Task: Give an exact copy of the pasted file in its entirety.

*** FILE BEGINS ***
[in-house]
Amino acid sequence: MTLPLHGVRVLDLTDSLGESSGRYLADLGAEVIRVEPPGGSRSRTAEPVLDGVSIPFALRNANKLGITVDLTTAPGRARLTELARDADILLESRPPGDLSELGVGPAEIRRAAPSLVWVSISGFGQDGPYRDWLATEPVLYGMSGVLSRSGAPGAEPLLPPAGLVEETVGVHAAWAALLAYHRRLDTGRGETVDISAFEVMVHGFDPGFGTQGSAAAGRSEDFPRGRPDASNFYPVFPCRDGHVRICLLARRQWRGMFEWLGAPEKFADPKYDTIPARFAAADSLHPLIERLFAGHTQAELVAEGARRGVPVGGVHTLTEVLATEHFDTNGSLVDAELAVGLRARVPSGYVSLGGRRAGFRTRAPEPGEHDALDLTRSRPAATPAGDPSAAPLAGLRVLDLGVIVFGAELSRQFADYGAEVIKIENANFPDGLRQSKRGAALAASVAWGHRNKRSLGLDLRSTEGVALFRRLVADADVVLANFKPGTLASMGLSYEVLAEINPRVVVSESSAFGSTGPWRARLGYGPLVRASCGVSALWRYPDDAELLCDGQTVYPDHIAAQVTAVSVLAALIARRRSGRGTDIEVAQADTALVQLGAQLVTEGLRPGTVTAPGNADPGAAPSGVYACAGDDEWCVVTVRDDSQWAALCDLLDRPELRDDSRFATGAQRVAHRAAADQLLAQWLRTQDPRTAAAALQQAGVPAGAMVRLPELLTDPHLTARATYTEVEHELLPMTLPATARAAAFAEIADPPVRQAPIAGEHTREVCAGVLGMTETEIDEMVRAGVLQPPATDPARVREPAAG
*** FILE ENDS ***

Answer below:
[in-house]
Amino acid sequence: MTLPLHGVRVLDLTDSLGESSGRYLADLGAEVIRVEPPGGSRSRTAEPVLDGVSIPFALRNANKLGITVDLTTAPGRARLTELARDADILLESRPPGDLSELGVGPAEIRRAAPSLVWVSISGFGQDGPYRDWLATEPVLYGMSGVLSRSGAPGAEPLLPPAGLVEETVGVHAAWAALLAYHRRLDTGRGETVDISAFEVMVHGFDPGFGTQGSAAAGRSEDFPRGRPDASNFYPVFPCRDGHVRICLLARRQWRGMFEWLGAPEKFADPKYDTIPARFAAADSLHPLIERLFAGHTQAELVAEGARRGVPVGGVHTLTEVLATEHFDTNGSLVDAELAVGLRARVPSGYVSLGGRRAGFRTRAPEPGEHDALDLTRSRPAATPAGDPSAAPLAGLRVLDLGVIVFGAELSRQFADYGAEVIKIENANFPDGLRQSKRGAALAASVAWGHRNKRSLGLDLRSTEGVALFRRLVADADVVLANFKPGTLASMGLSYEVLAEINPRVVVSESSAFGSTGPWRARLGYGPLVRASCGVSALWRYPDDAELLCDGQTVYPDHIAAQVTAVSVLAALIARRRSGRGTDIEVAQADTALVQLGAQLVTEGLRPGTVTAPGNADPGAAPSGVYACAGDDEWCVVTVRDDSQWAALCDLLDRPELRDDSRFATGAQRVAHRAAADQLLAQWLRTQDPRTAAAALQQAGVPAGAMVRLPELLTDPHLTARATYTEVEHELLPMTLPATARAAAFAEIADPPVRQAPIAGEHTREVCAGVLGMTETEIDEMVRAGVLQPPATDPARVREPAAG